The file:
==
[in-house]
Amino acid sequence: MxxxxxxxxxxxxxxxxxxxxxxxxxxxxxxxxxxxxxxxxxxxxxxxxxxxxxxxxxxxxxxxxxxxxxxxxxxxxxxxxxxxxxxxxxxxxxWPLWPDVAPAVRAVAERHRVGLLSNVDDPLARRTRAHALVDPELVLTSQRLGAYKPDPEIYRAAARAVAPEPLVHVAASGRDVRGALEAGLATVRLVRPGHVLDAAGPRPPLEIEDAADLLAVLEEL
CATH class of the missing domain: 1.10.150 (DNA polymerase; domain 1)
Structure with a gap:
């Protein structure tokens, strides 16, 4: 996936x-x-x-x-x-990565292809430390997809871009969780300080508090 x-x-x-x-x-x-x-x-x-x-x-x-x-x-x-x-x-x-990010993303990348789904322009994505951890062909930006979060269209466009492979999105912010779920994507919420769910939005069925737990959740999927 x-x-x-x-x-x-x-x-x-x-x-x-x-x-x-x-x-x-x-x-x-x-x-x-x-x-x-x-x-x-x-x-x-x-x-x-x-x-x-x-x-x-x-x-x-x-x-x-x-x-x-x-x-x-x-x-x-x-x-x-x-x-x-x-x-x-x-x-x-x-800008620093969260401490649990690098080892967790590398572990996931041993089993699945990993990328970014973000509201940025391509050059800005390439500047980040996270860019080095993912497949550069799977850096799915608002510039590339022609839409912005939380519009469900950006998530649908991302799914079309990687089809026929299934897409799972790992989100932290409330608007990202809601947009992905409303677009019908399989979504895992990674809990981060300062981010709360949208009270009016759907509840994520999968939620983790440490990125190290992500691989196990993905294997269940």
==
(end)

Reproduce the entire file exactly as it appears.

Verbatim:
[in-house]
Amino acid sequence: MxxxxxxxxxxxxxxxxxxxxxxxxxxxxxxxxxxxxxxxxxxxxxxxxxxxxxxxxxxxxxxxxxxxxxxxxxxxxxxxxxxxxxxxxxxxxxWPLWPDVAPAVRAVAERHRVGLLSNVDDPLARRTRAHALVDPELVLTSQRLGAYKPDPEIYRAAARAVAPEPLVHVAASGRDVRGALEAGLATVRLVRPGHVLDAAGPRPPLEIEDAADLLAVLEEL
CATH class of the missing domain: 1.10.150 (DNA polymerase; domain 1)
Structure with a gap:
């Protein structure tokens, strides 16, 4: 996936x-x-x-x-x-990565292809430390997809871009969780300080508090 x-x-x-x-x-x-x-x-x-x-x-x-x-x-x-x-x-x-990010993303990348789904322009994505951890062909930006979060269209466009492979999105912010779920994507919420769910939005069925737990959740999927 x-x-x-x-x-x-x-x-x-x-x-x-x-x-x-x-x-x-x-x-x-x-x-x-x-x-x-x-x-x-x-x-x-x-x-x-x-x-x-x-x-x-x-x-x-x-x-x-x-x-x-x-x-x-x-x-x-x-x-x-x-x-x-x-x-x-x-x-x-x-800008620093969260401490649990690098080892967790590398572990996931041993089993699945990993990328970014973000509201940025391509050059800005390439500047980040996270860019080095993912497949550069799977850096799915608002510039590339022609839409912005939380519009469900950006998530649908991302799914079309990687089809026929299934897409799972790992989100932290409330608007990202809601947009992905409303677009019908399989979504895992990674809990981060300062981010709360949208009270009016759907509840994520999968939620983790440490990125190290992500691989196990993905294997269940």